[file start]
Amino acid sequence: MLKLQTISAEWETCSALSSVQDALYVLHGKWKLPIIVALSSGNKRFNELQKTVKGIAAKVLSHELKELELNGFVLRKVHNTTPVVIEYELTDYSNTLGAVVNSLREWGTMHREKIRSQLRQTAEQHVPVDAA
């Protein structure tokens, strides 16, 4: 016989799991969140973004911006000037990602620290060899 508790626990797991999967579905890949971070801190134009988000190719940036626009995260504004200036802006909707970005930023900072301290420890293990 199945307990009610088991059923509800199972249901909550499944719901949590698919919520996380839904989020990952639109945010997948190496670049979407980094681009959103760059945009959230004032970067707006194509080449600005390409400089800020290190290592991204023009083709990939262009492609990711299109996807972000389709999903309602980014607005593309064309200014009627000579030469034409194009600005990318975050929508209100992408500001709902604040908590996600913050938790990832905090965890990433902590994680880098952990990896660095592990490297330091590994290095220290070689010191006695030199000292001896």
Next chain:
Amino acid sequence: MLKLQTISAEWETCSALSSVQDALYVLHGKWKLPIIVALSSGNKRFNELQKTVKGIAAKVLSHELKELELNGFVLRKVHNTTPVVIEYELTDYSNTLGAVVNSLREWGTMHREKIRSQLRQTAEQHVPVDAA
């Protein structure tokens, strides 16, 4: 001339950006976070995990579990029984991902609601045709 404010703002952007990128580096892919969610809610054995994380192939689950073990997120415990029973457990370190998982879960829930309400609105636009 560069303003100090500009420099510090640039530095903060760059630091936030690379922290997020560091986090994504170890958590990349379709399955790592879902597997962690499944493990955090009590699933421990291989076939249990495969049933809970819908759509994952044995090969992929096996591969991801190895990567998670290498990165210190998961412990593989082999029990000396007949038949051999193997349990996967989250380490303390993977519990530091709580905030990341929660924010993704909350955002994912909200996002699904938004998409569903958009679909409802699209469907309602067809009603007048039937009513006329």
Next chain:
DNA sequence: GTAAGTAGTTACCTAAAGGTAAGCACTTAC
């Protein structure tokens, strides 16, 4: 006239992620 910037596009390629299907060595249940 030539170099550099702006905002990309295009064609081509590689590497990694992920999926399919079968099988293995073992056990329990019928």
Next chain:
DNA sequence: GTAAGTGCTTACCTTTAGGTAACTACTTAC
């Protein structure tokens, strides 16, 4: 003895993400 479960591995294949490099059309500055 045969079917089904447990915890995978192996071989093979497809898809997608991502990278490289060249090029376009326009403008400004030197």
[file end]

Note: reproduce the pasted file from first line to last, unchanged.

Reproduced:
Amino acid sequence: MLKLQTISAEWETCSALSSVQDALYVLHGKWKLPIIVALSSGNKRFNELQKTVKGIAAKVLSHELKELELNGFVLRKVHNTTPVVIEYELTDYSNTLGAVVNSLREWGTMHREKIRSQLRQTAEQHVPVDAA
């Protein structure tokens, strides 16, 4: 016989799991969140973004911006000037990602620290060899 508790626990797991999967579905890949971070801190134009988000190719940036626009995260504004200036802006909707970005930023900072301290420890293990 199945307990009610088991059923509800199972249901909550499944719901949590698919919520996380839904989020990952639109945010997948190496670049979407980094681009959103760059945009959230004032970067707006194509080449600005390409400089800020290190290592991204023009083709990939262009492609990711299109996807972000389709999903309602980014607005593309064309200014009627000579030469034409194009600005990318975050929508209100992408500001709902604040908590996600913050938790990832905090965890990433902590994680880098952990990896660095592990490297330091590994290095220290070689010191006695030199000292001896």
Next chain:
Amino acid sequence: MLKLQTISAEWETCSALSSVQDALYVLHGKWKLPIIVALSSGNKRFNELQKTVKGIAAKVLSHELKELELNGFVLRKVHNTTPVVIEYELTDYSNTLGAVVNSLREWGTMHREKIRSQLRQTAEQHVPVDAA
């Protein structure tokens, strides 16, 4: 001339950006976070995990579990029984991902609601045709 404010703002952007990128580096892919969610809610054995994380192939689950073990997120415990029973457990370190998982879960829930309400609105636009 560069303003100090500009420099510090640039530095903060760059630091936030690379922290997020560091986090994504170890958590990349379709399955790592879902597997962690499944493990955090009590699933421990291989076939249990495969049933809970819908759509994952044995090969992929096996591969991801190895990567998670290498990165210190998961412990593989082999029990000396007949038949051999193997349990996967989250380490303390993977519990530091709580905030990341929660924010993704909350955002994912909200996002699904938004998409569903958009679909409802699209469907309602067809009603007048039937009513006329």
Next chain:
DNA sequence: GTAAGTAGTTACCTAAAGGTAAGCACTTAC
């Protein structure tokens, strides 16, 4: 006239992620 910037596009390629299907060595249940 030539170099550099702006905002990309295009064609081509590689590497990694992920999926399919079968099988293995073992056990329990019928």
Next chain:
DNA sequence: GTAAGTGCTTACCTTTAGGTAACTACTTAC
């Protein structure tokens, strides 16, 4: 003895993400 479960591995294949490099059309500055 045969079917089904447990915890995978192996071989093979497809898809997608991502990278490289060249090029376009326009403008400004030197």